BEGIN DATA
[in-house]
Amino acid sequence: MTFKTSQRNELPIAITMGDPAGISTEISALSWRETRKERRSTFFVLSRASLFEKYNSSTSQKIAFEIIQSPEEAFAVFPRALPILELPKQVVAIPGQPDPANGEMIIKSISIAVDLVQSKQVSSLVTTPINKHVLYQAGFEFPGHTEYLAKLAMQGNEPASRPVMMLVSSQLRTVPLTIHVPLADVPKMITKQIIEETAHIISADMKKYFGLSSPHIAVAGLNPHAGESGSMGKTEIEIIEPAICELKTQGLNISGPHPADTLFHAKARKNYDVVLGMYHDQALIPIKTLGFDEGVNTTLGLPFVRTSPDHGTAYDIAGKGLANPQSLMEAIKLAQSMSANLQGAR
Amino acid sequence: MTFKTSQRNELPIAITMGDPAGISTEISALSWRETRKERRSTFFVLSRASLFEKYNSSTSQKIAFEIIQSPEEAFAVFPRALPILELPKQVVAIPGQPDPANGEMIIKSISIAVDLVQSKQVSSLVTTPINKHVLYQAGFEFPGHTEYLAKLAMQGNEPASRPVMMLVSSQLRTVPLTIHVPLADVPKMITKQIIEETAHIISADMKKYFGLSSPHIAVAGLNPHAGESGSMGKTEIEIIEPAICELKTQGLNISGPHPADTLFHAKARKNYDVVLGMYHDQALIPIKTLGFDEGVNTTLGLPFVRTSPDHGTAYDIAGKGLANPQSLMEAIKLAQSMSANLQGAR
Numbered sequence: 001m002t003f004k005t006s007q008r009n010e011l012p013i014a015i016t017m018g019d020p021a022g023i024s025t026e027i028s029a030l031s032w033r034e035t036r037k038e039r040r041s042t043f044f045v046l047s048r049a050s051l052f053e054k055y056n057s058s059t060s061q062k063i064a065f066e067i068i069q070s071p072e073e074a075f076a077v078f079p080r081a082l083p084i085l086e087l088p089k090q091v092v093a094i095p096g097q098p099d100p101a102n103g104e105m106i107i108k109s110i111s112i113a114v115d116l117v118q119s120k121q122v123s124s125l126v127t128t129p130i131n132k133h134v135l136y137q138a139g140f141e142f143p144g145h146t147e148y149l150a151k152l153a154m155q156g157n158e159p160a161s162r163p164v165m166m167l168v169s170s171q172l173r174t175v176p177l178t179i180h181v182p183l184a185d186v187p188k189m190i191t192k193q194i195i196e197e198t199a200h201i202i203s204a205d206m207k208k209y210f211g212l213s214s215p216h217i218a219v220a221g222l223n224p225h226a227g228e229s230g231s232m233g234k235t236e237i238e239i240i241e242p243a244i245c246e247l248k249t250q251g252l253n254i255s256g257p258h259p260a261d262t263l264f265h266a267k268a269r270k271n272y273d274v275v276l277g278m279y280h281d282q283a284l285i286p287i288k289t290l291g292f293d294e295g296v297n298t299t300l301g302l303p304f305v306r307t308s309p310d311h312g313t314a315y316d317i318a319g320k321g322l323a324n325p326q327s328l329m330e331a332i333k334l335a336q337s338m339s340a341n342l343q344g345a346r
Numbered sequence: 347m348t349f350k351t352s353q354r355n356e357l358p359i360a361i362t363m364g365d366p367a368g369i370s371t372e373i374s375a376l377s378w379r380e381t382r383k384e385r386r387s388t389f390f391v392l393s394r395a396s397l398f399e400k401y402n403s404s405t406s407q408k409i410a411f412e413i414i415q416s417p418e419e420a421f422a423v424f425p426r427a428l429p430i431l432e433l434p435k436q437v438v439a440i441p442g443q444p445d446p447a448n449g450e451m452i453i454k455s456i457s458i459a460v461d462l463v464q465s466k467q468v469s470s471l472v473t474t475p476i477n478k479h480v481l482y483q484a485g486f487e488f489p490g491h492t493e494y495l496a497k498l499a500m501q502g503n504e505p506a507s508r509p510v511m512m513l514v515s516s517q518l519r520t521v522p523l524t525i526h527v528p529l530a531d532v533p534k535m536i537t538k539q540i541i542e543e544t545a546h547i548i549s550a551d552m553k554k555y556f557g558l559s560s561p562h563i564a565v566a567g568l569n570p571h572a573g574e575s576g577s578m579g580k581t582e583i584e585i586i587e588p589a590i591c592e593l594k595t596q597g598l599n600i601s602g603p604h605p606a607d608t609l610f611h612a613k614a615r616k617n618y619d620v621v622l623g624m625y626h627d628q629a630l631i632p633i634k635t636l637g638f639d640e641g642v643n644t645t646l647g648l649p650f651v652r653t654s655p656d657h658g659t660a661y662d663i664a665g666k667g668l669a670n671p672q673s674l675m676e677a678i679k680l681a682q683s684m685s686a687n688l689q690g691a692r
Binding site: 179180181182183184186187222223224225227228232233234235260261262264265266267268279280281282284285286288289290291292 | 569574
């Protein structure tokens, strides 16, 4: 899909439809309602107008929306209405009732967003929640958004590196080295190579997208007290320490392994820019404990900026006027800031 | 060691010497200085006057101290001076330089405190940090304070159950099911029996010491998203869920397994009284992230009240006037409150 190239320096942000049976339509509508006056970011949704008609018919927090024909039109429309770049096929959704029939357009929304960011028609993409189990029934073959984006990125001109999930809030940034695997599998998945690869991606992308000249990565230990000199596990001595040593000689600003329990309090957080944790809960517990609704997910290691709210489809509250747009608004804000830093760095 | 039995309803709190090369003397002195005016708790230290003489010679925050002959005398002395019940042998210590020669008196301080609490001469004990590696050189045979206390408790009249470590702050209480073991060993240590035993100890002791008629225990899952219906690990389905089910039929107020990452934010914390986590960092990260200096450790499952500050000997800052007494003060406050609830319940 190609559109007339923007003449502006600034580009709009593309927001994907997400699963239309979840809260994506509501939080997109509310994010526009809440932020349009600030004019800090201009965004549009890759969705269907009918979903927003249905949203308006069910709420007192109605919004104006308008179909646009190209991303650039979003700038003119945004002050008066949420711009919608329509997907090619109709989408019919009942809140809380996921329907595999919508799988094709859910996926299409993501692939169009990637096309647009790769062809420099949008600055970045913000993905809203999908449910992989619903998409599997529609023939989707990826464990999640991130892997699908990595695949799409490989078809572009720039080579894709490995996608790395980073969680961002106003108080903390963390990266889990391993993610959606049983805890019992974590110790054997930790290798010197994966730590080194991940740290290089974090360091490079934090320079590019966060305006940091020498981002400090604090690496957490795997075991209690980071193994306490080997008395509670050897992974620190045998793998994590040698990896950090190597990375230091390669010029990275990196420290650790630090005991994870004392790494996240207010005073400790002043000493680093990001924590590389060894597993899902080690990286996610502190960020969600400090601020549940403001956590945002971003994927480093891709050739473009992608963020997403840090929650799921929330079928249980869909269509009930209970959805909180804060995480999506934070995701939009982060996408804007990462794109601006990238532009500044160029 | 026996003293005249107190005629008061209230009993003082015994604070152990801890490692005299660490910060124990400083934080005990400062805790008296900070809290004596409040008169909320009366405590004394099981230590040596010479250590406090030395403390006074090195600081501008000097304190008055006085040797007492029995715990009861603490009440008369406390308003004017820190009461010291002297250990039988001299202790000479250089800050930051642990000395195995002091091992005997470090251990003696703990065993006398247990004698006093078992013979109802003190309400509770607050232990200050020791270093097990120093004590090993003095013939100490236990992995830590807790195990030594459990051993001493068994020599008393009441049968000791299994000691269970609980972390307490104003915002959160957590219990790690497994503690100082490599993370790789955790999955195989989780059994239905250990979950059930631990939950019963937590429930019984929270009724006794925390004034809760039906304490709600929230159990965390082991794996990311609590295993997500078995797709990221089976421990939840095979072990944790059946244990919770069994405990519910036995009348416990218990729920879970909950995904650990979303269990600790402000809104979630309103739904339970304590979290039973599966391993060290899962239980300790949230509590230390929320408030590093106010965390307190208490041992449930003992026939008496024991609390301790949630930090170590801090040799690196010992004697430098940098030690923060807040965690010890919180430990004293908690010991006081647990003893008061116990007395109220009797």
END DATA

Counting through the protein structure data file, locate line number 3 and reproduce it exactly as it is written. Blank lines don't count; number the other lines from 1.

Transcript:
Amino acid sequence: MTFKTSQRNELPIAITMGDPAGISTEISALSWRETRKERRSTFFVLSRASLFEKYNSSTSQKIAFEIIQSPEEAFAVFPRALPILELPKQVVAIPGQPDPANGEMIIKSISIAVDLVQSKQVSSLVTTPINKHVLYQAGFEFPGHTEYLAKLAMQGNEPASRPVMMLVSSQLRTVPLTIHVPLADVPKMITKQIIEETAHIISADMKKYFGLSSPHIAVAGLNPHAGESGSMGKTEIEIIEPAICELKTQGLNISGPHPADTLFHAKARKNYDVVLGMYHDQALIPIKTLGFDEGVNTTLGLPFVRTSPDHGTAYDIAGKGLANPQSLMEAIKLAQSMSANLQGAR